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Modi’s party appears to be expanding on its majority.
Prime Minister Narendra Modi, one of the most powerful and divisive leaders India has produced in decades, appeared easily headed for another five-year term, according to election returns so far.
The Election Commission reported that Mr. Modi’s Bharatiya Janata Party, or B.J.P., was ahead in at least 300 parliamentary districts, far beyond the 272 seats it would need for a majority in the 543-seat Parliament. At this pace, the party would actually expand on its current majority — a development no one was predicting in recent months.
The main opposition Congress Party was ahead in 49 seats, according to Election Commission data.
Before the election, most analysts predicted that the B.J.P. would lose seats overall, mostly because of dissatisfaction with the economy.
But that was before tensions with Pakistan handed Mr. Modi an issue he could command. He campaigned heavily on national security and on a forceful foreign policy, and it’s now clear that played well among India’s 900 million registered voters.
Pakistan test-fires a missile as Modi rises.
As news of Mr. Modi’s impending win picked up in India, Pakistan’s powerful military establishment announced on Thursday that it had successfully test-fired a Shaheen II ballistic missile, which is capable of carrying nuclear warheads.
The two countries went to the brink of war this year after a terrorist attack killed Indian soldiers in the disputed territory of Kashmir — in a surge of tensions that many political analysts believe helped Mr. Modi’s showing in the election.
But Pakistan is not the only one of the nuclear-armed neighbors to use missiles to make a point.
After the two countries’ showdown over Kashmir — and just two weeks before Indian elections were to begin — Mr. Modi announced that India had successfully used a missile to shoot down an old satellite. That test made it just the fourth country in the world to have that kind of antisatellite capability.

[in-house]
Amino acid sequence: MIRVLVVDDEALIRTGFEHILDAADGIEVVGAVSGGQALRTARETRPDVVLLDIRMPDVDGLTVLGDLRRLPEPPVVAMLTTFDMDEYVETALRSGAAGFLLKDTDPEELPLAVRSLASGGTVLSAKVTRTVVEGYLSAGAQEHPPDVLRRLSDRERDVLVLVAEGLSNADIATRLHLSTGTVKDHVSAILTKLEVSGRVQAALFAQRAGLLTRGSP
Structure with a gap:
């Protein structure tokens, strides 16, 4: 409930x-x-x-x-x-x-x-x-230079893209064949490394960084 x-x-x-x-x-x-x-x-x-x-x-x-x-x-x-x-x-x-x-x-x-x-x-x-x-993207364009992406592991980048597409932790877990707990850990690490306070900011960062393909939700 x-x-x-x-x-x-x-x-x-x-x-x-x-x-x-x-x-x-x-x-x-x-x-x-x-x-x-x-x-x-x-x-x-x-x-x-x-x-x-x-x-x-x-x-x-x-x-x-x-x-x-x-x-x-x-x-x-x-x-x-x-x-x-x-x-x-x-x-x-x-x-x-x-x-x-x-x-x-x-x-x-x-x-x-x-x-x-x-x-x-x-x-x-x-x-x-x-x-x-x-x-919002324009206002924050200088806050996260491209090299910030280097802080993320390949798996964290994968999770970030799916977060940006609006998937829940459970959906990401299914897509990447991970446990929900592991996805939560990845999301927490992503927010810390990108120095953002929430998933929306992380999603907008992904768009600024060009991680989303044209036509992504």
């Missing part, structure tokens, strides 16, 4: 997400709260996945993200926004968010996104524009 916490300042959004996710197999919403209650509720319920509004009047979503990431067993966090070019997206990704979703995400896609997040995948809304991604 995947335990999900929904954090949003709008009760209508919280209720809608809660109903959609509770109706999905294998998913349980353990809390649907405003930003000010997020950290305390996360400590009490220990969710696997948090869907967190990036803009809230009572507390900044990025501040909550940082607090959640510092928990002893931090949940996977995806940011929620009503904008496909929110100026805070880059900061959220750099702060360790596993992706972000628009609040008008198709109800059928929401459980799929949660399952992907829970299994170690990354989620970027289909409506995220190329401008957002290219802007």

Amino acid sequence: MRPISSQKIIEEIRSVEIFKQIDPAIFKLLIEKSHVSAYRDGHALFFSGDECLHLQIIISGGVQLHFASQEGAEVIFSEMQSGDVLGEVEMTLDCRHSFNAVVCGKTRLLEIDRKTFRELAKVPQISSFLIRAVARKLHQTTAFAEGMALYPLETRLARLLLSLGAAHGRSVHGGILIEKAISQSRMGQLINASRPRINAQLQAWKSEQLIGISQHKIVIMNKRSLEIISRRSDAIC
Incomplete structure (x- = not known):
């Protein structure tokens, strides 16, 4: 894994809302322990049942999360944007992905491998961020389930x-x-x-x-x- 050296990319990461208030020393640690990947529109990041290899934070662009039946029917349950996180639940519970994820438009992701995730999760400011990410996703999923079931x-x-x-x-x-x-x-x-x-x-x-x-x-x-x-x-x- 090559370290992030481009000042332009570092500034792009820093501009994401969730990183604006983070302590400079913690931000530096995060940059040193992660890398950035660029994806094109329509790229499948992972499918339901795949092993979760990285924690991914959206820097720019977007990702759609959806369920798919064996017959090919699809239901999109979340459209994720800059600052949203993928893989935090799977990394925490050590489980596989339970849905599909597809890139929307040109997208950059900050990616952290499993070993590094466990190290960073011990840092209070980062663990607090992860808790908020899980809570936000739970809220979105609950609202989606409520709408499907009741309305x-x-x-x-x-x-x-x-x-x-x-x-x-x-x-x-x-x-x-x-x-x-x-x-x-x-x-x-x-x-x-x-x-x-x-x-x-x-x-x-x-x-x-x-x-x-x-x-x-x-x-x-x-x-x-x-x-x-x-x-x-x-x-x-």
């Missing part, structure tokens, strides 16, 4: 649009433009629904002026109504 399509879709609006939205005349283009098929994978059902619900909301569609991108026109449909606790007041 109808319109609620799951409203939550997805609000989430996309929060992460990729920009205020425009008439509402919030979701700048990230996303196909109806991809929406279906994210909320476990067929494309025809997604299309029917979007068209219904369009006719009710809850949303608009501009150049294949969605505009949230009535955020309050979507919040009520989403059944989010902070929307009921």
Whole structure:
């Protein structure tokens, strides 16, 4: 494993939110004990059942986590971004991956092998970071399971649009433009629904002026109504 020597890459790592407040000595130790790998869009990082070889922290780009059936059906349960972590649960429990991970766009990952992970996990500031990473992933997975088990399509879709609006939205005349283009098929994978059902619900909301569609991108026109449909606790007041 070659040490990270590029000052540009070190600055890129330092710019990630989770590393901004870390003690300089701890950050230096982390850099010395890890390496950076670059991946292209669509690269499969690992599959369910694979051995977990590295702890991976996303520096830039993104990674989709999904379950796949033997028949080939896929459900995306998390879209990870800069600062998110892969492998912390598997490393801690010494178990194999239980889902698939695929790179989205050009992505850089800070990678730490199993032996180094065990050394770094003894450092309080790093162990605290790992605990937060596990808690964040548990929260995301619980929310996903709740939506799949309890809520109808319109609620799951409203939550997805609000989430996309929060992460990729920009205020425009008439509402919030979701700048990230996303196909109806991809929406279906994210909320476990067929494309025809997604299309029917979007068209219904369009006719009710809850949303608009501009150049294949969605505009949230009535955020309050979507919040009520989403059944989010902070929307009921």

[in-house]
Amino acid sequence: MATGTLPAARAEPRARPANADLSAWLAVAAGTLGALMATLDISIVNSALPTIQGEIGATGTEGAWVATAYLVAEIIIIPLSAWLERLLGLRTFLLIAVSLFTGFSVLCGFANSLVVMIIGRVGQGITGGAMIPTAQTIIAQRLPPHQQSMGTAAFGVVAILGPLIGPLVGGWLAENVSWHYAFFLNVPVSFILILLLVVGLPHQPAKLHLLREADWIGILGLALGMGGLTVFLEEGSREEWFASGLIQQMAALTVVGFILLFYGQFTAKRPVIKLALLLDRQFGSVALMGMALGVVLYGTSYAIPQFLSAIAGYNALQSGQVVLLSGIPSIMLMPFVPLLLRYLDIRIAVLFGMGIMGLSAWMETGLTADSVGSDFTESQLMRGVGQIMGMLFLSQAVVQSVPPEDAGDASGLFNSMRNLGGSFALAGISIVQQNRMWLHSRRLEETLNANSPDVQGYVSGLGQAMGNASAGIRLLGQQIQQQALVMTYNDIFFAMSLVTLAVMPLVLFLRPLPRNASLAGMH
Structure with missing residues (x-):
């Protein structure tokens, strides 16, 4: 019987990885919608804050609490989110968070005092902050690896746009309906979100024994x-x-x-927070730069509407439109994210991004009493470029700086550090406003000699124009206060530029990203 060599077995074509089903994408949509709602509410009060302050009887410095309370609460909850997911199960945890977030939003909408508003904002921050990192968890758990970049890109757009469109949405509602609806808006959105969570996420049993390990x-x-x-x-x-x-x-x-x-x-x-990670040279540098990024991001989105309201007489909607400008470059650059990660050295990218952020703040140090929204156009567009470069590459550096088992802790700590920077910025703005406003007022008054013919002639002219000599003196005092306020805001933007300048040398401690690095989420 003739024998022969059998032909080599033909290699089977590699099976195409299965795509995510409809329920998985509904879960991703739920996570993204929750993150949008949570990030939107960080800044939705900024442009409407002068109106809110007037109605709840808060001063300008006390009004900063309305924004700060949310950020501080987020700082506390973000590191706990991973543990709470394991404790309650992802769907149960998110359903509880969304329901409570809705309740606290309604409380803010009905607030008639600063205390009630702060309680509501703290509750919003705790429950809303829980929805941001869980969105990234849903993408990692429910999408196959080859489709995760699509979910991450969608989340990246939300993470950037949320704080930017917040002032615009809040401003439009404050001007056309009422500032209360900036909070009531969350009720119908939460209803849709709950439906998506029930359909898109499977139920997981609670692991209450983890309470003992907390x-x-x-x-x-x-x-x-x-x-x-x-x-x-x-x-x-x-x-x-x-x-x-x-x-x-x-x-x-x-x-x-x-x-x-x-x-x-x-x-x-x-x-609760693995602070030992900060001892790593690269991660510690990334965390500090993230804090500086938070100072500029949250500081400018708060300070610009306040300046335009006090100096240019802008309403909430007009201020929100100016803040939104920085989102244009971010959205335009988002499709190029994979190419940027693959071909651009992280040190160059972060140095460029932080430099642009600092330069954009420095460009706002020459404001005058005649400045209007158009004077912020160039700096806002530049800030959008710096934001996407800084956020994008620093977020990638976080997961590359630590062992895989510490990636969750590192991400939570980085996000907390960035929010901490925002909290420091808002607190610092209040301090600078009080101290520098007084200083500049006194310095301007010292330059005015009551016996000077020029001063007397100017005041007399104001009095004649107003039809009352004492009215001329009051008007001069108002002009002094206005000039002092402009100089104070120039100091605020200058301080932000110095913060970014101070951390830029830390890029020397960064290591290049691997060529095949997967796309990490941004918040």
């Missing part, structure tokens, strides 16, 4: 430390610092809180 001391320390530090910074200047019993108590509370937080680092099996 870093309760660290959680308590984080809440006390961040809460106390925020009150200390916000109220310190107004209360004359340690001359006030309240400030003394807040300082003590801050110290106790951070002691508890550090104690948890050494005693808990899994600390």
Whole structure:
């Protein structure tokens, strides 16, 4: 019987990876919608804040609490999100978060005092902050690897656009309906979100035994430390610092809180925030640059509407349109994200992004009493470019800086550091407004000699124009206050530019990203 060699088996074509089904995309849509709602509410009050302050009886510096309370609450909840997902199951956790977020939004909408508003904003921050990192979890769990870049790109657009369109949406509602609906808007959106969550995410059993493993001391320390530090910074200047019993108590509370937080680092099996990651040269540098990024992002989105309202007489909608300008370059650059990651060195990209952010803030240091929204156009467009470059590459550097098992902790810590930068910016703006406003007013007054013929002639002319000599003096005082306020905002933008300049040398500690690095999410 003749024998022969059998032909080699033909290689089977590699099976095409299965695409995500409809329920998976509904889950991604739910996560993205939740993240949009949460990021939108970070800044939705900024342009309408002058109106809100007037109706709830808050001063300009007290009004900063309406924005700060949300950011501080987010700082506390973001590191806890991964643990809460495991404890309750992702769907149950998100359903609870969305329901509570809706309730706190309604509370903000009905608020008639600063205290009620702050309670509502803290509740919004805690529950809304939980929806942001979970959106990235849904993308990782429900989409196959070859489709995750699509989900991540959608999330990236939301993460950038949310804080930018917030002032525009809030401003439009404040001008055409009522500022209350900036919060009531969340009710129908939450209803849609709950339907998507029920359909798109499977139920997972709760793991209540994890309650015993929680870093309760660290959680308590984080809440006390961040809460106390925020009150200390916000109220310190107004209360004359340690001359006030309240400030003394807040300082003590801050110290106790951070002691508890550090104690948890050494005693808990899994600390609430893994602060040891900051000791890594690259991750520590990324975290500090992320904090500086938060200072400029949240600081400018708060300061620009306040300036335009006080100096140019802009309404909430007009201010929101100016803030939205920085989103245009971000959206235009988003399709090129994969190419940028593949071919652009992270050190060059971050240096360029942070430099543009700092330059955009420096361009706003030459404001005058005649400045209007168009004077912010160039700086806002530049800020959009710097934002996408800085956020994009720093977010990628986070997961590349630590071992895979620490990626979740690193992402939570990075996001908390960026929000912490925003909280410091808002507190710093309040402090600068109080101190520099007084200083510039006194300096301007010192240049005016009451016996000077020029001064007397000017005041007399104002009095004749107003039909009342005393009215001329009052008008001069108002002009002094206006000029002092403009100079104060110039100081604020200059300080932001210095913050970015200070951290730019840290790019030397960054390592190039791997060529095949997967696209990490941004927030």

Modi supporters watch from the U.S. and cheer.
Hundreds of people with ties to India gathered in Edison, N. J., on Wednesday night to watch the initial election results trickle in, and celebrate a potential win for Mr. Modi, a leader whom many see as strengthening India’s image in the world.
The crowd, a mix of expatriates and American citizens, posed for selfies with a cardboard cutout of the prime minister, and cheered each time results favoring Mr. Modi’s B.J.P. were announced.
“There’s a more heightened interest this year,” said Krishna Reddy Anugula, 50, president of Overseas Friends of the B.J.P. The organization has about 4,000 members across the United States.
“People saw that this is a leader who is doing good for the country,” said Mr. Reddy, citing Mr. Modi’s economic proposals and pledges to improve the lives of the poor.
Indian-Americans — a population of about 4 million — cannot vote in the election unless they still retain their Indian citizenship. Then, too, citizens must be in India to cast their ballots.
Yet many Indians in America have sought to participate by organizing rallies, and calling friends and family members in India to encourage them to vote.
“Let’s elect them for five more years and see what they do,” Mr. Reddy said of the B.J.P.
Gandhi is struggling to keep his seat for Congress Party.
India’s politically powerful Gandhi family has represented Amethi, in Uttar Pradesh, in Parliament for decades. Rahul Gandhi, 48, who leads the Indian National Congress party, has personally held the seat since 2004.
That suddenly appears at risk. Early results indicate that he is running neck and neck with Smriti Irani, a B.J.P. candidate and former soap-opera star whom Mr. Gandhi defeated in 2014.